By Stephanie Bunn
While Jon and I were on Skye, Caroline Dear invited us to her studio, where her work revealed a profoundly impressive exploration of the potentials of heather, hair moss and other materials. She also recounted several local stories, including one about two brothers from South Uist who used to travel to Uig in order to cut hazel for making creels, and another account of a Skye postman and his son who made frame baskets from willow over wire frames. It was always very valuable to discuss research with local basket-makers and textile artists. Watching basket-makers at work inspires local people to tell the practitioners of the use of basketry through personal family experiences and memories, as illustrated by Caroline’s account.
It is ironic that while Skye is famous for its former basket factory at Kilmuir, which supplied much of Scotland with baskets for the herring industry, and that while there are many picturesque postcards of crofters working with mudags during spinning, or carrying creels when collecting peat or seaware, yet almost no baskets exist in public collections from this island. We discussed this with Caroline, and her view was that this could perhaps be attributed to Skye’s popularity as a tourist resort, even in the late 19th and early 20thcenturies, so that possibly tourists had bought them as souvenirs, or that Skye had come earlier than other western isles to the import of plastics and other consumer goods which became substitutes for baskets. A further possibility might be that the perception of domestic and other manual work associated with baskets as shameful, as Isobel Grant described, also impacted earlier on people here, and may further account for Skye’s lack of existing basketry heritage.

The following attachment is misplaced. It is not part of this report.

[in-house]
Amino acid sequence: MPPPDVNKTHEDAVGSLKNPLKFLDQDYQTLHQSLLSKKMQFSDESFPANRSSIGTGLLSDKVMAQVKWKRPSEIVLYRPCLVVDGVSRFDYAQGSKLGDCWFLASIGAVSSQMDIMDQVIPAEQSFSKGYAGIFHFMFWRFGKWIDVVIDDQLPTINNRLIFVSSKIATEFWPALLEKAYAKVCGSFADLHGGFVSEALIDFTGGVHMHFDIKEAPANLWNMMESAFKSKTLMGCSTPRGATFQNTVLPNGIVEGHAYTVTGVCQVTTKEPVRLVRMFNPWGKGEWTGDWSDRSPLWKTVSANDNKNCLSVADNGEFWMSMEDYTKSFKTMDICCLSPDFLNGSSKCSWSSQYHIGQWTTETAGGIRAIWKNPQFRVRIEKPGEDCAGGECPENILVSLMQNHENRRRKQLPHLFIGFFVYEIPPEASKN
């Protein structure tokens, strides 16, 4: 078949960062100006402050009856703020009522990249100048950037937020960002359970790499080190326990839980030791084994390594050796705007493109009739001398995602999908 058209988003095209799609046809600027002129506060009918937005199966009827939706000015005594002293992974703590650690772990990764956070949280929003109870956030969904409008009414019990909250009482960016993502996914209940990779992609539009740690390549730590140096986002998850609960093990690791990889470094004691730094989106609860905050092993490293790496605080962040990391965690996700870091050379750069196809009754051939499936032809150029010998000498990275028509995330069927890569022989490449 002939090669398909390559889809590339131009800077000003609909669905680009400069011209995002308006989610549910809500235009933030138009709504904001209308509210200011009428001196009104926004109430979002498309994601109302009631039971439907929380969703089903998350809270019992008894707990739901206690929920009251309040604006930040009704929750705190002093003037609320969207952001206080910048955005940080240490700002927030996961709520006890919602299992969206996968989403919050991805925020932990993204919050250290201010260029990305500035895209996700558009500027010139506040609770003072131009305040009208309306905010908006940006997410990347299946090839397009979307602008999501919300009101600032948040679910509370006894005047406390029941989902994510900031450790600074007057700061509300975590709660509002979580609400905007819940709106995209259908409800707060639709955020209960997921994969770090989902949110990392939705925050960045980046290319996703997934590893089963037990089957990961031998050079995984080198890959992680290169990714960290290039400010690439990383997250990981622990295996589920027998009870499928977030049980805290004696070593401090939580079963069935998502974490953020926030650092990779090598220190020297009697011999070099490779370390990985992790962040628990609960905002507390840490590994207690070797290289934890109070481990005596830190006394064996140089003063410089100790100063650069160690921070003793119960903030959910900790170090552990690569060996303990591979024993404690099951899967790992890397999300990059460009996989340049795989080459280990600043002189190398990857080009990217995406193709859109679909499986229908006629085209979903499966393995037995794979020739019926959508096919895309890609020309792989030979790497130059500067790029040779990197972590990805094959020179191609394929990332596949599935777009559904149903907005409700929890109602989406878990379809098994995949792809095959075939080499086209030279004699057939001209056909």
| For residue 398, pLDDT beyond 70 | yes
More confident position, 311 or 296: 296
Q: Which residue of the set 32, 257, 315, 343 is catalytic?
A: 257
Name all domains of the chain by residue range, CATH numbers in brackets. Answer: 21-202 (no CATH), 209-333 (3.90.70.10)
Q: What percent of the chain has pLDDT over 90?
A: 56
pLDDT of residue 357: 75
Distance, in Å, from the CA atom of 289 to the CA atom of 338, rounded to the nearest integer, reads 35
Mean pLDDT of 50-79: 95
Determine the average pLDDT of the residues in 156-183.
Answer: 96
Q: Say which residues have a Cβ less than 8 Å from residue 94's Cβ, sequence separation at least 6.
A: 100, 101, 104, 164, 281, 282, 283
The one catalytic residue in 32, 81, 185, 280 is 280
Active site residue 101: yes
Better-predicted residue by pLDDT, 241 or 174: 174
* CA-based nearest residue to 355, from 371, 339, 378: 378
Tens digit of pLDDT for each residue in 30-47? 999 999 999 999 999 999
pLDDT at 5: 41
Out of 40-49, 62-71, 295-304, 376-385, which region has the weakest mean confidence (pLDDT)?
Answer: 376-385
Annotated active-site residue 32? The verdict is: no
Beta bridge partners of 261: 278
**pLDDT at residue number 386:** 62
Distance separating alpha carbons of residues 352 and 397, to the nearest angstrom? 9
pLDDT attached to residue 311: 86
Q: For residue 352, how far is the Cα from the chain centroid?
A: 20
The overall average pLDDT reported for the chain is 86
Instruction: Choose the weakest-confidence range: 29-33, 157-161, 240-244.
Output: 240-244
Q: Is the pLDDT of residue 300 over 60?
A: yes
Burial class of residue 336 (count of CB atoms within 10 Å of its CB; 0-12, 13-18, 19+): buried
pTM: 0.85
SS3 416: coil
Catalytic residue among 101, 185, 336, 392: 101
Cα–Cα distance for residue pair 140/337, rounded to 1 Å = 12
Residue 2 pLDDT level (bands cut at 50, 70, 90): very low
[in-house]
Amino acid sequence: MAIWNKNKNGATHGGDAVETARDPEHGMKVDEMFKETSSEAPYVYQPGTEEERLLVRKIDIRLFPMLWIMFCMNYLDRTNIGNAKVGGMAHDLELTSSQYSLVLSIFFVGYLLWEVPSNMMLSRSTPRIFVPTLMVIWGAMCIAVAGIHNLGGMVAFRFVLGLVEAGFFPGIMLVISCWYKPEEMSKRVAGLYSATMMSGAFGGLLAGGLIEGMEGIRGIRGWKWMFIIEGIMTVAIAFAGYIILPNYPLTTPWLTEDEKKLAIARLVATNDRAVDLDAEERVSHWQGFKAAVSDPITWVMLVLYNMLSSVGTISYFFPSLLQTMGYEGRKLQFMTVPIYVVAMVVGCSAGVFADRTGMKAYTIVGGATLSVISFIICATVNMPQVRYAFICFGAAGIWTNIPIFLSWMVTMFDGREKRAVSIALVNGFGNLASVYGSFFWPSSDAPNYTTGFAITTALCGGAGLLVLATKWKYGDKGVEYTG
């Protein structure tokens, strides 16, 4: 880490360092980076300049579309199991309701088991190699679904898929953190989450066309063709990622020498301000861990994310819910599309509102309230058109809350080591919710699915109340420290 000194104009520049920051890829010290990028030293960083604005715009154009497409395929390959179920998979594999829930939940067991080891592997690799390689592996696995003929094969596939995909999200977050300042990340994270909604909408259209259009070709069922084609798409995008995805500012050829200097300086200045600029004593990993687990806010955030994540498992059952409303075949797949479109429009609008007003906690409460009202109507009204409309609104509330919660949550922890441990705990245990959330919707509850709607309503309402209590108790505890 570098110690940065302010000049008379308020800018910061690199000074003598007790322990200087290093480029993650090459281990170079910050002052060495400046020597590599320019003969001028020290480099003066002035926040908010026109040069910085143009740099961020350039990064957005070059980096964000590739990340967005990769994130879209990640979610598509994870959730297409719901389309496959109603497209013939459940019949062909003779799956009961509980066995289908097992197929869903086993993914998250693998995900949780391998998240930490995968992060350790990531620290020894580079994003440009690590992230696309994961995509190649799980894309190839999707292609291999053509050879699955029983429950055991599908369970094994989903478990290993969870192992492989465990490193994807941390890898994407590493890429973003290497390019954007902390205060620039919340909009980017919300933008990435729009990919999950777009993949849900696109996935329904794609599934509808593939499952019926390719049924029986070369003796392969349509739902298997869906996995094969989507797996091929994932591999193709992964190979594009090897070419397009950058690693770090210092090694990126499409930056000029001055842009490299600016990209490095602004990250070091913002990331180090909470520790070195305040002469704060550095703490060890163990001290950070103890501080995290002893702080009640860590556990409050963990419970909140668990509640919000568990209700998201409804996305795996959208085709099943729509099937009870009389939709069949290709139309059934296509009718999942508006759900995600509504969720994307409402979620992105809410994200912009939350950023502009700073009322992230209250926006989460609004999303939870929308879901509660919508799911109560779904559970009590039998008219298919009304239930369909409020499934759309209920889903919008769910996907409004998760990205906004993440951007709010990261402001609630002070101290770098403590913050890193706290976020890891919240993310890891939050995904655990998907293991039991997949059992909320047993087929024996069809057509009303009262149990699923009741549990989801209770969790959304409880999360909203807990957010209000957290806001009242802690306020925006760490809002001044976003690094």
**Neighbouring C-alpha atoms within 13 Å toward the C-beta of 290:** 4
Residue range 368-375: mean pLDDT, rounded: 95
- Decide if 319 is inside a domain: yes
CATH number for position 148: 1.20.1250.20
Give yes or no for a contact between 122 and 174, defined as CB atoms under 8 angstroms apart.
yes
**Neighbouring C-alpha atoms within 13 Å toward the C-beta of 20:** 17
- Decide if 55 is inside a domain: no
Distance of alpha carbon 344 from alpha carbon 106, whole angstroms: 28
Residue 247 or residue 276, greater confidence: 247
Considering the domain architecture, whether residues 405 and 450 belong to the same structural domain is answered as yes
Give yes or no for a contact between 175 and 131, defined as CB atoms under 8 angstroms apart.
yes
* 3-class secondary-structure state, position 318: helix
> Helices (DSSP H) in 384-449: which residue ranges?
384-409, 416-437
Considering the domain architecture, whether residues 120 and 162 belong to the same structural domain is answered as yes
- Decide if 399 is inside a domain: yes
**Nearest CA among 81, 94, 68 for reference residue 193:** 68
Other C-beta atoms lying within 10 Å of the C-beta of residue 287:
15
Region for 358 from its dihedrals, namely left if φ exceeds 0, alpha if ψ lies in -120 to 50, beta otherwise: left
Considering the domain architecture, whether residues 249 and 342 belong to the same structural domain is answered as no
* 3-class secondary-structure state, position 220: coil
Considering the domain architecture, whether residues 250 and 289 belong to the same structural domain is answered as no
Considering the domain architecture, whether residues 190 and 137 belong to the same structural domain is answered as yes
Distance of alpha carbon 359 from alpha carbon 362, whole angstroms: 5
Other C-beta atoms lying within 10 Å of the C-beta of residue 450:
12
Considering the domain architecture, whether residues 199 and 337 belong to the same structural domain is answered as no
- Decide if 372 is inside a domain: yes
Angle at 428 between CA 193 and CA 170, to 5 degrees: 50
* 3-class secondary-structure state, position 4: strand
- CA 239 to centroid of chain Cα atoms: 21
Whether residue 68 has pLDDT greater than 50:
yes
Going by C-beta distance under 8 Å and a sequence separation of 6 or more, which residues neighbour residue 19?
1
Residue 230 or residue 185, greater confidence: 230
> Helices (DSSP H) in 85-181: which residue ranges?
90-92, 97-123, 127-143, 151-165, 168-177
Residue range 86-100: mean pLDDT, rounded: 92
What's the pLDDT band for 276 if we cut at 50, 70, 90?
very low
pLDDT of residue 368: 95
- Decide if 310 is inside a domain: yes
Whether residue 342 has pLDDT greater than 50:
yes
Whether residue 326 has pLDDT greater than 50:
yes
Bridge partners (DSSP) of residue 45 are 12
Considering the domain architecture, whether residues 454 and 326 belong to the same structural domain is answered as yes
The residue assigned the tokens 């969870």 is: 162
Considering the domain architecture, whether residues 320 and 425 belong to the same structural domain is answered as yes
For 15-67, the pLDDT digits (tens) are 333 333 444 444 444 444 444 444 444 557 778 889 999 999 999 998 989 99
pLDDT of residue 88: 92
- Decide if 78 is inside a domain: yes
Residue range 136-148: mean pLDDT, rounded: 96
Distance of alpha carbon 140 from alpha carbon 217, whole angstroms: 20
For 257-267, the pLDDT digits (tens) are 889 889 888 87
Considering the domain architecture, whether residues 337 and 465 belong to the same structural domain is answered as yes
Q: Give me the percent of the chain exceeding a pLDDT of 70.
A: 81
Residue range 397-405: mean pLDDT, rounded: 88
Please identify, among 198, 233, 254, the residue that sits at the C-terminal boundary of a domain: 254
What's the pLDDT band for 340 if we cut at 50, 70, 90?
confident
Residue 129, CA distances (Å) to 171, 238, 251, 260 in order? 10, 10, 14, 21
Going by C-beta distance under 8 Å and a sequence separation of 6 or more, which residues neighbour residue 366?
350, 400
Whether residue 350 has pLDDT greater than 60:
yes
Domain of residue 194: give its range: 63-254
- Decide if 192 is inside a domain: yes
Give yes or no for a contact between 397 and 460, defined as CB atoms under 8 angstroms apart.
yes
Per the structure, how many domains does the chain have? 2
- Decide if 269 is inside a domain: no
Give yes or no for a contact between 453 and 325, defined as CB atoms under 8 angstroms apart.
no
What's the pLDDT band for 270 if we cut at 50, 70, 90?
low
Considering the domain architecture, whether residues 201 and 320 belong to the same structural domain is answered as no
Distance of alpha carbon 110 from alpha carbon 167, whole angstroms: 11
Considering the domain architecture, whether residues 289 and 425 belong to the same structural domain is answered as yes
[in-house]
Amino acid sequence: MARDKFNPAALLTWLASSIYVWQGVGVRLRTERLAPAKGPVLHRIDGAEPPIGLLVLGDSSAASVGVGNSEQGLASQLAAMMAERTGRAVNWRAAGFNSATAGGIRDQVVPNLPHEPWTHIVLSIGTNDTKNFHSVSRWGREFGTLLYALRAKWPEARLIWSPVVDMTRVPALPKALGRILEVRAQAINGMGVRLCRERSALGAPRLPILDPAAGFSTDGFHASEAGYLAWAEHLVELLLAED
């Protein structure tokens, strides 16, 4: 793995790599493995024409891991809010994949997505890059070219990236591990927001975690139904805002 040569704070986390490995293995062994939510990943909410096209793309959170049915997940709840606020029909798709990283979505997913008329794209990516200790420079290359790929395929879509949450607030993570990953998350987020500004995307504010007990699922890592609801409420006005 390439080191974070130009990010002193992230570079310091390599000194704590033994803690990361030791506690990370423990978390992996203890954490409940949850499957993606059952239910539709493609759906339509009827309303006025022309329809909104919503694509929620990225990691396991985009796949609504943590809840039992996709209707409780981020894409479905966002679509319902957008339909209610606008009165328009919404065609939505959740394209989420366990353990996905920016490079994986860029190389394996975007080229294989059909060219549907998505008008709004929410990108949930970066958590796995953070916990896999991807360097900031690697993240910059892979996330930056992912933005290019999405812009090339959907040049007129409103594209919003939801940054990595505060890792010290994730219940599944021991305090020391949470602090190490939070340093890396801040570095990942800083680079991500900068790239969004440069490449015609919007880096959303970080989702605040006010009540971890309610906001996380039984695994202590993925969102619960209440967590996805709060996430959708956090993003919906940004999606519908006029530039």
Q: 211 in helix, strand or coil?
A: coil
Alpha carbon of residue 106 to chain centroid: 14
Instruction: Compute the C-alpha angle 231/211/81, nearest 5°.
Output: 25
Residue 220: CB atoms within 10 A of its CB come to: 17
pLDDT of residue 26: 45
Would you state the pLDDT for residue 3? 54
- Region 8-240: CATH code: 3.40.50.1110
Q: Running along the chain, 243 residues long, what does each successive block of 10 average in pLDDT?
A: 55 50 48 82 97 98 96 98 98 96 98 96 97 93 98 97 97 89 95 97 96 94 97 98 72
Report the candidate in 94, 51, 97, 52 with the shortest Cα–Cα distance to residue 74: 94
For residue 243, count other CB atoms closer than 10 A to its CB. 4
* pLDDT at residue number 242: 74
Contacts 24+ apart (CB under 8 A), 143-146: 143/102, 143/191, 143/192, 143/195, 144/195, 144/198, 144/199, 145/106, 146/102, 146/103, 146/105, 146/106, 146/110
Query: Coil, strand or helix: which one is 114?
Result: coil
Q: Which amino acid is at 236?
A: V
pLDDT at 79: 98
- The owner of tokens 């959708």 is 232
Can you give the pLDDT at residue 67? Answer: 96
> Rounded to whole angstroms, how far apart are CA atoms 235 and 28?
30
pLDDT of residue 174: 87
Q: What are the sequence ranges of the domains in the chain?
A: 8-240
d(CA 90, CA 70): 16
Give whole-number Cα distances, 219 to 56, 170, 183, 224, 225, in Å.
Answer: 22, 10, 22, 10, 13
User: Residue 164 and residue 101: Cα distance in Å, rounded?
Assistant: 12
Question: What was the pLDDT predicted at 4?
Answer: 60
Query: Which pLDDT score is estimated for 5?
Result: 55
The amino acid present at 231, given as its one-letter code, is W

Peat creel, Skye Museum of Island Life
Our final day in Skye held a meeting with Mr Jonathan Macdonald, founder and custodian of the Skye Museum of Island Life, followed by a tour of the museum. During his life of more than 90 years, Mr Macdonald had worked for the Skye Osier Company, also known as the Kilmuir Basket Factory, which was set up in Skye through the Highland Home Industries Bureau in 1908-9, and closed in 1956. He had also set up the Skye craft shop, famous for its variety of crafts, before founding the museum in north Skye near Kilmuir in1965. The museum consisted of several renovated thatched cottages, including a croft, a weaver’s cottage, a barn, an old smithy and a ceilidh house. Mr Macdonald kindly agreed to see us, despite the numbers of visitors daily passing through the museum. He talked of the willow sites established in Skye at Monkstadt, St Columba’s Loch and at Hungadder, both of which supplied the Company, and working for the company itself. A man had to make 18 quarter crans a day in order to make a realistic living, he said.
The Ose, or Skye basket
All the artefacts in the Museum were illustrated with beautiful drawings and texts which detailed the practical uses associated with each object. There were examples of mudags for spinning fleece, a ciosan, a beautiful condition peat creel, heather ropes, and the Ose or Skye basket. Through the work at the Kilmuir basket factory, this basket became associated with Skye in the 1950s. It was sometimes called a ‘hen basket’, reputedly first made to carry a broody hen, although its origins are much older than the Skye basket factory, and it is found on British illuminated manuscripts from the 12th century onwards.